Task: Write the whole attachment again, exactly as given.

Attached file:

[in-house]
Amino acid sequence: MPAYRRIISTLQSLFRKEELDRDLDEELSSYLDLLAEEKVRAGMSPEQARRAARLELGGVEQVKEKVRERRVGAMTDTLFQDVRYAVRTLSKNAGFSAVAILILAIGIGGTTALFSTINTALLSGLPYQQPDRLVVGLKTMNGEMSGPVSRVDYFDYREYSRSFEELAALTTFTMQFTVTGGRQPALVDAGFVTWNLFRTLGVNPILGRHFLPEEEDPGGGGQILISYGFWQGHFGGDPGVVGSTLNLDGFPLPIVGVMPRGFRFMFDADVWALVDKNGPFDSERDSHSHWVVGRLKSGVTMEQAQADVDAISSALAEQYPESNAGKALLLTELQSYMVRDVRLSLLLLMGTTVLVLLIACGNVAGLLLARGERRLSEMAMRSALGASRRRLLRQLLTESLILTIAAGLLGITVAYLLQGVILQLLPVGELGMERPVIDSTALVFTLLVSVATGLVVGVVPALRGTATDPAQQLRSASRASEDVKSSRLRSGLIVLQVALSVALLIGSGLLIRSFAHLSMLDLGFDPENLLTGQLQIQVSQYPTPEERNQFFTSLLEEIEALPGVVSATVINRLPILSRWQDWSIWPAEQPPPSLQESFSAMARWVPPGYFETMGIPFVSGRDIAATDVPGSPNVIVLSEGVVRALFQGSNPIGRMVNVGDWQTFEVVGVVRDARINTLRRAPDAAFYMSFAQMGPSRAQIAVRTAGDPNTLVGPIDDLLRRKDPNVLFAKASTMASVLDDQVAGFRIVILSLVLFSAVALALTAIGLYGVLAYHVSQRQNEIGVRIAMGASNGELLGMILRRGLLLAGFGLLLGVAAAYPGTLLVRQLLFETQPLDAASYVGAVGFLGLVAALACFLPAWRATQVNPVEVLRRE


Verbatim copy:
[in-house]
Amino acid sequence: MPAYRRIISTLQSLFRKEELDRDLDEELSSYLDLLAEEKVRAGMSPEQARRAARLELGGVEQVKEKVRERRVGAMTDTLFQDVRYAVRTLSKNAGFSAVAILILAIGIGGTTALFSTINTALLSGLPYQQPDRLVVGLKTMNGEMSGPVSRVDYFDYREYSRSFEELAALTTFTMQFTVTGGRQPALVDAGFVTWNLFRTLGVNPILGRHFLPEEEDPGGGGQILISYGFWQGHFGGDPGVVGSTLNLDGFPLPIVGVMPRGFRFMFDADVWALVDKNGPFDSERDSHSHWVVGRLKSGVTMEQAQADVDAISSALAEQYPESNAGKALLLTELQSYMVRDVRLSLLLLMGTTVLVLLIACGNVAGLLLARGERRLSEMAMRSALGASRRRLLRQLLTESLILTIAAGLLGITVAYLLQGVILQLLPVGELGMERPVIDSTALVFTLLVSVATGLVVGVVPALRGTATDPAQQLRSASRASEDVKSSRLRSGLIVLQVALSVALLIGSGLLIRSFAHLSMLDLGFDPENLLTGQLQIQVSQYPTPEERNQFFTSLLEEIEALPGVVSATVINRLPILSRWQDWSIWPAEQPPPSLQESFSAMARWVPPGYFETMGIPFVSGRDIAATDVPGSPNVIVLSEGVVRALFQGSNPIGRMVNVGDWQTFEVVGVVRDARINTLRRAPDAAFYMSFAQMGPSRAQIAVRTAGDPNTLVGPIDDLLRRKDPNVLFAKASTMASVLDDQVAGFRIVILSLVLFSAVALALTAIGLYGVLAYHVSQRQNEIGVRIAMGASNGELLGMILRRGLLLAGFGLLLGVAAAYPGTLLVRQLLFETQPLDAASYVGAVGFLGLVAALACFLPAWRATQVNPVEVLRRE